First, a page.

Lori Fullbright, News On 6
TULSA, Oklahoma -- This is a story about a kid raised in a typical Oklahoma home, who fell into life of drugs, became addicted to meth and landed in jail.
But, Clifton Keathley's story doesn't end there. He was given a second chance and has made the most of it.
Clifton Keathley grew up in a religious home where he was home schooled. He earned a full scholarship to ORU, but dropped out after a year, drifted between odd jobs and began smoking pot, then about five years ago, someone offered him meth.
"I was hooked. I was hooked. I did it 24-7 although I had to sleep sometimes, but, I'd be up for days on end, 5, 6, 7 days and living that lifestyle and hanging with those people, brought trouble," he said.
His entire focus was getting his next fix and he lost touch with his family, and then started selling crystal meth to others.
"I was what's called a lazy tweaker. I just stayed at home, was a recluse. People came to me. I worked on cars, worked on computers. I've been a nerd, am always a nerd," Clifton said.
He was arrested once and got probation but never stopped using, even went to court high. Then, he got arrested again and faced an ultimatum.
"Here's the deal, you're looking at 10 years in prison or you can go to drug court, what would you like to do? I was like, I want out," he said.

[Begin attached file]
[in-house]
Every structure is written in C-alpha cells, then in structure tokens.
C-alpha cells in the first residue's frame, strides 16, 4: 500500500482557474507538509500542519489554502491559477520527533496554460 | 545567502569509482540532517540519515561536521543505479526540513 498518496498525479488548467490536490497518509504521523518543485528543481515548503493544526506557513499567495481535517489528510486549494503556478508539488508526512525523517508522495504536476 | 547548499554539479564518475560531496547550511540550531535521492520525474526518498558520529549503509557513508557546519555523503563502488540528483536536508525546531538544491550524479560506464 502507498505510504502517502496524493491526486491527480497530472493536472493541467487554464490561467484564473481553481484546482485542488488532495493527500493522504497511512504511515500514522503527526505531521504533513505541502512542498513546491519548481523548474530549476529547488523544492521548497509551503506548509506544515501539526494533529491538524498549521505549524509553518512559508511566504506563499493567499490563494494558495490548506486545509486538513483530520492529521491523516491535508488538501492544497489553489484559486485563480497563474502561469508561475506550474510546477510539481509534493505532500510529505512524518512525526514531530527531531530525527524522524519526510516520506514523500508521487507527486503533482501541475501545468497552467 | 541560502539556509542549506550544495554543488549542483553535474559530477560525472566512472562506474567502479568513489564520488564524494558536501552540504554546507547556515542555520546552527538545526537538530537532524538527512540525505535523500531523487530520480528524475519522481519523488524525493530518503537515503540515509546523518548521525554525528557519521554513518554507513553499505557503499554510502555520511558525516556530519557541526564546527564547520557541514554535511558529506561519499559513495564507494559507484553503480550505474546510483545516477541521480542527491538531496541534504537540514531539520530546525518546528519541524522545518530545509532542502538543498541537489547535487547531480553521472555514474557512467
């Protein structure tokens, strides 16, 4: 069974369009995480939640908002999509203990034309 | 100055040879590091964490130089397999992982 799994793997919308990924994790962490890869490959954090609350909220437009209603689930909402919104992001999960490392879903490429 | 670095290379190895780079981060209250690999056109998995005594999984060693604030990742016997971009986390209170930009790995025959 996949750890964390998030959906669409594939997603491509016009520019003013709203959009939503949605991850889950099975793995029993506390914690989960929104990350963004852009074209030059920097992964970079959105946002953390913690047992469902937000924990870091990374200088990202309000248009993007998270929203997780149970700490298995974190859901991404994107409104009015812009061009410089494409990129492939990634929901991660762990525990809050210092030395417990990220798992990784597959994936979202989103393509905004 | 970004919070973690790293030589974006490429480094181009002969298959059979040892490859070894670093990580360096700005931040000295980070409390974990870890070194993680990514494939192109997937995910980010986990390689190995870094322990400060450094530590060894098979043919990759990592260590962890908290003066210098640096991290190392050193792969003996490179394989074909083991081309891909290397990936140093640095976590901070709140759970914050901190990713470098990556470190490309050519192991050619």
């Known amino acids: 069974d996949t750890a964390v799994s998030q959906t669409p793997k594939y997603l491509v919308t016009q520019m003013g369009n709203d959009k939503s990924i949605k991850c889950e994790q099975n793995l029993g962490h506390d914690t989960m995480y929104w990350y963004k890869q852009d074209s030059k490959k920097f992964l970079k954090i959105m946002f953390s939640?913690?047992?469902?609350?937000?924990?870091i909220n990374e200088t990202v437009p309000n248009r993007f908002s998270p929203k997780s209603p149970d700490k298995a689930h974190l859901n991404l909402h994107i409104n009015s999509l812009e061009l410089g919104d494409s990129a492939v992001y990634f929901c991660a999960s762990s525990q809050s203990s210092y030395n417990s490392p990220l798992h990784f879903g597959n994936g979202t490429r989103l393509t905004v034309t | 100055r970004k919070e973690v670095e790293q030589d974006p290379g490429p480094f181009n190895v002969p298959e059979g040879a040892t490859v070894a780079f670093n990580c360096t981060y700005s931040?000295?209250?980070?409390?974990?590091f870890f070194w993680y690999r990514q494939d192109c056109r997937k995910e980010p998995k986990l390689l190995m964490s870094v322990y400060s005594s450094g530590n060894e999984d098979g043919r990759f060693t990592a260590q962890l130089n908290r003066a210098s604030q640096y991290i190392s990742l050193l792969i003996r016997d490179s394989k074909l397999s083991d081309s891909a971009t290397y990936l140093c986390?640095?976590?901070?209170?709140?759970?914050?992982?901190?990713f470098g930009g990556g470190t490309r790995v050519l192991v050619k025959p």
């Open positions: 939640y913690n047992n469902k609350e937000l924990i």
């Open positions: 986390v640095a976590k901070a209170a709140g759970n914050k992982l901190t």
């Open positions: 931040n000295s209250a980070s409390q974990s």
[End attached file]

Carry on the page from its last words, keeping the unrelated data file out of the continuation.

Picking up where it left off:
He thought he'd breeze through the program, but with all the counseling and strict requirements, he began to change and put his addiction behind him.
He graduated from drug court, got married, bought a home and just graduated with a bachelor's in computer science.
It's a life he couldn't have imagined just five years ago. He carries an old ID in his pocket to remind him of how far he's come.
"I wanted something better for my life, something I could look back and be very proud of myself. I'm getting to that point. I've got a ways to go, but, I've definitely come a long way," he said.
Clifton's back in church, to the values he was raised with. He plans to start his Masters this fall and is looking for a job in his field of IT.
He's working on his relationship with his children and hopes his story helps others who are going through the drug court program.